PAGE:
At Happy Cog, we’ve worked with a fair amount of higher education clients, many of whom rely on alumni donations. We’ve learned from our clients that most of those donations must be earned; alumni need a reason to give back to their alma maters. And money aside, there are so many benefits to maintaining relationships with alumni. Relationships allow alumni to connect with faculty, other alumni, and students. Current students benefit from mentors, networking, and job possibilities. The opportunities are endless. Even for prospective students, who are often the primary audience for university websites, the presence of an active alumni community is a fantastic selling point. What student wouldn’t want to graduate with access to a professional network of fellow alumni?
Andrea Sabia, a colleague of mine here at Happy Cog, attended Lafayette University. We were discussing this very subject when she told me that Lafayette provides a wealth of opportunities in which alumni can engage. She’s participated in the mentoring programs and attended several events. This immediately piqued my interest, so I visited the Lafayette Alumni site and saw a profound difference from that of TCNJ. The site is alive with events, alumni groups, ways to volunteer, news, and so on. Photographs of actual alumni, students, and faculty abound. Comparatively, this program is leaps and bounds ahead of TCNJ’s.
I spent a bit of time on Lafayette’s alumni website and noticed a few areas for improvement, but overall the site conveys a vibrant and active alumni community. The events calendar showcases an array of alumni activities, ranging from reunions to brewery tours to golf outings. This diversity caters to a variety of interests (I’m not a golfer, but as an avid drinker of craft beers, I would LOVE to visit a brewery with fellow alumni). Class and chapter websites allow visitors to update their class notes profiles and connect with other alumni that they might’ve lost touch with otherwise. Lastly, the university allows alumni to send in their event photos. Openly requesting photos from the alumni community is a great way of saying “we want you to contribute and share your photo memories with us.”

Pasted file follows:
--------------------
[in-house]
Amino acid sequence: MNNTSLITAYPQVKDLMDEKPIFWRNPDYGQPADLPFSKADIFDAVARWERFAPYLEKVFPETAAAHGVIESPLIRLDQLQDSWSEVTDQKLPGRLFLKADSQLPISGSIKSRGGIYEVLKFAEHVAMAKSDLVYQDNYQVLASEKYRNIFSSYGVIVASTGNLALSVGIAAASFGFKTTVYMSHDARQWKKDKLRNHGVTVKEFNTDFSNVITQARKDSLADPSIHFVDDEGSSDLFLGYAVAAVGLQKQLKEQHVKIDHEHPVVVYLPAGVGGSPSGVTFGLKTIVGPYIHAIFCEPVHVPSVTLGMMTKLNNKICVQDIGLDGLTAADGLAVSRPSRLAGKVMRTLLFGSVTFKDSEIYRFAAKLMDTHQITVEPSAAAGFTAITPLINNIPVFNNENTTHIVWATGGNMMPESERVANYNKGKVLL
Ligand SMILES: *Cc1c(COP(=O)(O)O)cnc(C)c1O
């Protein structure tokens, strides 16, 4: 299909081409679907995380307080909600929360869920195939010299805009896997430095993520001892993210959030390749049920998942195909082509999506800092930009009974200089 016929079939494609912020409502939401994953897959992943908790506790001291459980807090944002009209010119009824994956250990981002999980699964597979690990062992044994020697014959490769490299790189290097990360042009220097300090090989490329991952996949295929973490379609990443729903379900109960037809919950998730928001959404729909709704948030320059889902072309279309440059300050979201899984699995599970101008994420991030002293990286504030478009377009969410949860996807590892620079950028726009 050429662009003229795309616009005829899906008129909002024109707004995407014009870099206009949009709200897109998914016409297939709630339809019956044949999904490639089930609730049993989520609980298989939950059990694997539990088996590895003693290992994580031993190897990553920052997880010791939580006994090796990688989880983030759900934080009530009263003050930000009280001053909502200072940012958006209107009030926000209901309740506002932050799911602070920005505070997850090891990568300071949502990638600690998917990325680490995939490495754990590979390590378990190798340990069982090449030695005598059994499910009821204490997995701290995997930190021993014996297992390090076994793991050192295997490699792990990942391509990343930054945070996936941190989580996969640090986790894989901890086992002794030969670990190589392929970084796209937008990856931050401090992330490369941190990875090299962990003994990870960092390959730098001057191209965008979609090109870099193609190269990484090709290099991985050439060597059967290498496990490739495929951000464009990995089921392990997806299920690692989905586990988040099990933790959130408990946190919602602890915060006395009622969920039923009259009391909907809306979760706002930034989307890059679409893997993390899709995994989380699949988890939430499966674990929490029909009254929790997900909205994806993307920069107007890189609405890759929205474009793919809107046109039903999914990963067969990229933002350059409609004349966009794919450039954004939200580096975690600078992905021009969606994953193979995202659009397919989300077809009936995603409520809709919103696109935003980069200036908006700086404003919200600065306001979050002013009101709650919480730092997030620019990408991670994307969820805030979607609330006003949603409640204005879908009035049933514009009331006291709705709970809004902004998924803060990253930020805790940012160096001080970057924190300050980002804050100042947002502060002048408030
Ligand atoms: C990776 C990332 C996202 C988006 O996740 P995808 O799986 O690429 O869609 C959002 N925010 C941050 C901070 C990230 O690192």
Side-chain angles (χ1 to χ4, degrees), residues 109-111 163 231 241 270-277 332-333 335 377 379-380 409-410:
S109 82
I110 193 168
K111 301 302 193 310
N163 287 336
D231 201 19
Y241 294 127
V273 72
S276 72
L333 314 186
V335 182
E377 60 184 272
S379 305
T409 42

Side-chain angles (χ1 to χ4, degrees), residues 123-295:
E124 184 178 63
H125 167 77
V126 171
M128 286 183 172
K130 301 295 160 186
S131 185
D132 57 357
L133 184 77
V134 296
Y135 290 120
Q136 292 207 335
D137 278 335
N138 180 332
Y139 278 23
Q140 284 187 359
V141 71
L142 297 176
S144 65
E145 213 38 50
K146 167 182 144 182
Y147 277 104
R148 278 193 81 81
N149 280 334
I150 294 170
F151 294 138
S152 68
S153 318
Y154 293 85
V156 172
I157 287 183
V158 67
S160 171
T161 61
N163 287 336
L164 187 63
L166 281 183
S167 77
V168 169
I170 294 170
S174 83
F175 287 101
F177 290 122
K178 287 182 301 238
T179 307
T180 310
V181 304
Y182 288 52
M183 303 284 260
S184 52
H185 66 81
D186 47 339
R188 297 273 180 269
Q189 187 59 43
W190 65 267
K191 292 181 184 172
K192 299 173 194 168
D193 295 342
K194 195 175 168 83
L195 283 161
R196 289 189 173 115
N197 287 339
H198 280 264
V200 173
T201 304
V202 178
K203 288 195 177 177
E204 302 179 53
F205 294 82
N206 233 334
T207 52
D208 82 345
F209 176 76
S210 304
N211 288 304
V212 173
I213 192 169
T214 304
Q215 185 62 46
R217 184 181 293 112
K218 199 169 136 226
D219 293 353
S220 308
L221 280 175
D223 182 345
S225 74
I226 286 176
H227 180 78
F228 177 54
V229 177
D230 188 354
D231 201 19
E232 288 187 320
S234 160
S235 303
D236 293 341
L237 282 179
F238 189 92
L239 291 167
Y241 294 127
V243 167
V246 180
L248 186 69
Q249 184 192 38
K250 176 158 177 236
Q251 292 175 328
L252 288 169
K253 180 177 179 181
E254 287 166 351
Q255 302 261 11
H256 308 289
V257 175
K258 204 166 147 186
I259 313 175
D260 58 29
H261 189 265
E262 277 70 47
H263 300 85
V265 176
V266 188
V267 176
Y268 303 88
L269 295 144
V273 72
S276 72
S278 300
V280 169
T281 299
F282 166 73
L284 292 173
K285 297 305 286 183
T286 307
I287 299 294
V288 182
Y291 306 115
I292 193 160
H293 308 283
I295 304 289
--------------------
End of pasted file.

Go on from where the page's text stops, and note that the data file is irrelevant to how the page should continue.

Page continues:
As any content strategist will tell you, good content is expensive, and you can’t have useful and compelling website content without dedicated staff members to create, govern, and archive the content. But this principle extends beyond good content. You can’t have an active alumni community without staff and resources to make it happen. Service design is a relatively new concept within the user experience (UX) community. The idea is to ensure that every aspect of your product or service brings a positive experience to your audience. When it comes to alumni engagement, this includes human interaction (events, mentoring programs, networking opportunities) as well as an online strategy. Alumni need to feel engaged both offline and online. And in order to make that happen, universities must dedicate the time, resources, and staff to cultivate a vibrant community.
Are you an active alumnus? Why or why not? Do you know of any colleges or universities that maintain good relationships with their alumni, both online and offline? If so, please share in the comments.